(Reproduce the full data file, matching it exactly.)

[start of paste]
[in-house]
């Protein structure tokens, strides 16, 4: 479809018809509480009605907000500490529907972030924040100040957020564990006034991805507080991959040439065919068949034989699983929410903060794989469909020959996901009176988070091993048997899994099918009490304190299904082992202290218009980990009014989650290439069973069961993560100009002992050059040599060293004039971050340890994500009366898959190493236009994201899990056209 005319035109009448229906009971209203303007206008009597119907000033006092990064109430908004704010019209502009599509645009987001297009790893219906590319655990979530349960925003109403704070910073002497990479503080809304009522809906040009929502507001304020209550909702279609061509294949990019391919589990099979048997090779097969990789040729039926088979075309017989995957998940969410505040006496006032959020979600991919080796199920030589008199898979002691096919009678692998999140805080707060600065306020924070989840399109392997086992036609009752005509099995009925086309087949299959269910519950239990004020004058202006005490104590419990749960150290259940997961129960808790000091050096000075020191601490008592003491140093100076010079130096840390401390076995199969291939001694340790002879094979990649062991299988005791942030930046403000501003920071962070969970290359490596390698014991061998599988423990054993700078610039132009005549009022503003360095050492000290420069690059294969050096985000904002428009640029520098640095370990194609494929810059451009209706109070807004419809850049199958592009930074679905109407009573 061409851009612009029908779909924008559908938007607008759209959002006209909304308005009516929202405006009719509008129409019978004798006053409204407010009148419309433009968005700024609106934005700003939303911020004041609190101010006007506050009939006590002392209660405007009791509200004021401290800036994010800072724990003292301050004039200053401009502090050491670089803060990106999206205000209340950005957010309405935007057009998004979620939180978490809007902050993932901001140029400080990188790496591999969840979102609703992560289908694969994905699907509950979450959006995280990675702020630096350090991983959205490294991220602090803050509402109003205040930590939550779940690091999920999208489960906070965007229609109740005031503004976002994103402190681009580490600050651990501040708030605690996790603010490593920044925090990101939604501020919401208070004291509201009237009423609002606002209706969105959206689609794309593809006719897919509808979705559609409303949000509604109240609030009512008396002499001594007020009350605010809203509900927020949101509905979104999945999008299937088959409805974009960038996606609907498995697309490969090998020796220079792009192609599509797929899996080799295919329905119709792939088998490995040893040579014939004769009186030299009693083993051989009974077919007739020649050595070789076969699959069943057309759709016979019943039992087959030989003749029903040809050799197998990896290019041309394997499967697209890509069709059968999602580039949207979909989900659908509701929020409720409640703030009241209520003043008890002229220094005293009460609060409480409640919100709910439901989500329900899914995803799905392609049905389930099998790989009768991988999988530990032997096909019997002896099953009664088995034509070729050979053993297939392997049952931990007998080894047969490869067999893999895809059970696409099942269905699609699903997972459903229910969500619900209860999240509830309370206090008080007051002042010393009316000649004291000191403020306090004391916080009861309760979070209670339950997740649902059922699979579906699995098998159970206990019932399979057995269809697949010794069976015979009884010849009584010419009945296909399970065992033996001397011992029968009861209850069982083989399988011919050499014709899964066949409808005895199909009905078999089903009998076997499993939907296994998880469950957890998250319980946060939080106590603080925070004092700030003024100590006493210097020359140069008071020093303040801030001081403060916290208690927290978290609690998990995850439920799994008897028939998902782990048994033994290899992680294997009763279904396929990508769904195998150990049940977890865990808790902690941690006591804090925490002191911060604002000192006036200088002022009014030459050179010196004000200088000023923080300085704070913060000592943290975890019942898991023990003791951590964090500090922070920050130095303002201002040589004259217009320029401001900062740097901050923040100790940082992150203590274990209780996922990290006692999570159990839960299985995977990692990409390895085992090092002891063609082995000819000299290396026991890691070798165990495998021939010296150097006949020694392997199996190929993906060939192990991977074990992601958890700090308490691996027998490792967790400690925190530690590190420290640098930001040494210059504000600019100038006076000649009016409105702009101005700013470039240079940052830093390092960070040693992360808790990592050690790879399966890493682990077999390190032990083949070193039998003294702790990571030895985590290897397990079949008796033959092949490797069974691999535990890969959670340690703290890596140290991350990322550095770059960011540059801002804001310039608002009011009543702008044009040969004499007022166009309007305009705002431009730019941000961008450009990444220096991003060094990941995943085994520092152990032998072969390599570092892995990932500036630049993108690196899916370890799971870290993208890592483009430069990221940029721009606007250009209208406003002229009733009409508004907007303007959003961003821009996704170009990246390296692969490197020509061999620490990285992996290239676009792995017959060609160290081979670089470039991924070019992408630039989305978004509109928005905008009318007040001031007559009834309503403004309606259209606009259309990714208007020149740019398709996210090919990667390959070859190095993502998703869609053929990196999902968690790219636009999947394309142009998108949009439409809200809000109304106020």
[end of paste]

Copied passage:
[in-house]
């Protein structure tokens, strides 16, 4: 479809018809509480009605907000500490529907972030924040100040957020564990006034991805507080991959040439065919068949034989699983929410903060794989469909020959996901009176988070091993048997899994099918009490304190299904082992202290218009980990009014989650290439069973069961993560100009002992050059040599060293004039971050340890994500009366898959190493236009994201899990056209 005319035109009448229906009971209203303007206008009597119907000033006092990064109430908004704010019209502009599509645009987001297009790893219906590319655990979530349960925003109403704070910073002497990479503080809304009522809906040009929502507001304020209550909702279609061509294949990019391919589990099979048997090779097969990789040729039926088979075309017989995957998940969410505040006496006032959020979600991919080796199920030589008199898979002691096919009678692998999140805080707060600065306020924070989840399109392997086992036609009752005509099995009925086309087949299959269910519950239990004020004058202006005490104590419990749960150290259940997961129960808790000091050096000075020191601490008592003491140093100076010079130096840390401390076995199969291939001694340790002879094979990649062991299988005791942030930046403000501003920071962070969970290359490596390698014991061998599988423990054993700078610039132009005549009022503003360095050492000290420069690059294969050096985000904002428009640029520098640095370990194609494929810059451009209706109070807004419809850049199958592009930074679905109407009573 061409851009612009029908779909924008559908938007607008759209959002006209909304308005009516929202405006009719509008129409019978004798006053409204407010009148419309433009968005700024609106934005700003939303911020004041609190101010006007506050009939006590002392209660405007009791509200004021401290800036994010800072724990003292301050004039200053401009502090050491670089803060990106999206205000209340950005957010309405935007057009998004979620939180978490809007902050993932901001140029400080990188790496591999969840979102609703992560289908694969994905699907509950979450959006995280990675702020630096350090991983959205490294991220602090803050509402109003205040930590939550779940690091999920999208489960906070965007229609109740005031503004976002994103402190681009580490600050651990501040708030605690996790603010490593920044925090990101939604501020919401208070004291509201009237009423609002606002209706969105959206689609794309593809006719897919509808979705559609409303949000509604109240609030009512008396002499001594007020009350605010809203509900927020949101509905979104999945999008299937088959409805974009960038996606609907498995697309490969090998020796220079792009192609599509797929899996080799295919329905119709792939088998490995040893040579014939004769009186030299009693083993051989009974077919007739020649050595070789076969699959069943057309759709016979019943039992087959030989003749029903040809050799197998990896290019041309394997499967697209890509069709059968999602580039949207979909989900659908509701929020409720409640703030009241209520003043008890002229220094005293009460609060409480409640919100709910439901989500329900899914995803799905392609049905389930099998790989009768991988999988530990032997096909019997002896099953009664088995034509070729050979053993297939392997049952931990007998080894047969490869067999893999895809059970696409099942269905699609699903997972459903229910969500619900209860999240509830309370206090008080007051002042010393009316000649004291000191403020306090004391916080009861309760979070209670339950997740649902059922699979579906699995098998159970206990019932399979057995269809697949010794069976015979009884010849009584010419009945296909399970065992033996001397011992029968009861209850069982083989399988011919050499014709899964066949409808005895199909009905078999089903009998076997499993939907296994998880469950957890998250319980946060939080106590603080925070004092700030003024100590006493210097020359140069008071020093303040801030001081403060916290208690927290978290609690998990995850439920799994008897028939998902782990048994033994290899992680294997009763279904396929990508769904195998150990049940977890865990808790902690941690006591804090925490002191911060604002000192006036200088002022009014030459050179010196004000200088000023923080300085704070913060000592943290975890019942898991023990003791951590964090500090922070920050130095303002201002040589004259217009320029401001900062740097901050923040100790940082992150203590274990209780996922990290006692999570159990839960299985995977990692990409390895085992090092002891063609082995000819000299290396026991890691070798165990495998021939010296150097006949020694392997199996190929993906060939192990991977074990992601958890700090308490691996027998490792967790400690925190530690590190420290640098930001040494210059504000600019100038006076000649009016409105702009101005700013470039240079940052830093390092960070040693992360808790990592050690790879399966890493682990077999390190032990083949070193039998003294702790990571030895985590290897397990079949008796033959092949490797069974691999535990890969959670340690703290890596140290991350990322550095770059960011540059801002804001310039608002009011009543702008044009040969004499007022166009309007305009705002431009730019941000961008450009990444220096991003060094990941995943085994520092152990032998072969390599570092892995990932500036630049993108690196899916370890799971870290993208890592483009430069990221940029721009606007250009209208406003002229009733009409508004907007303007959003961003821009996704170009990246390296692969490197020509061999620490990285992996290239676009792995017959060609160290081979670089470039991924070019992408630039989305978004509109928005905008009318007040001031007559009834309503403004309606259209606009259309990714208007020149740019398709996210090919990667390959070859190095993502998703869609053929990196999902968690790219636009999947394309142009998108949009439409809200809000109304106020």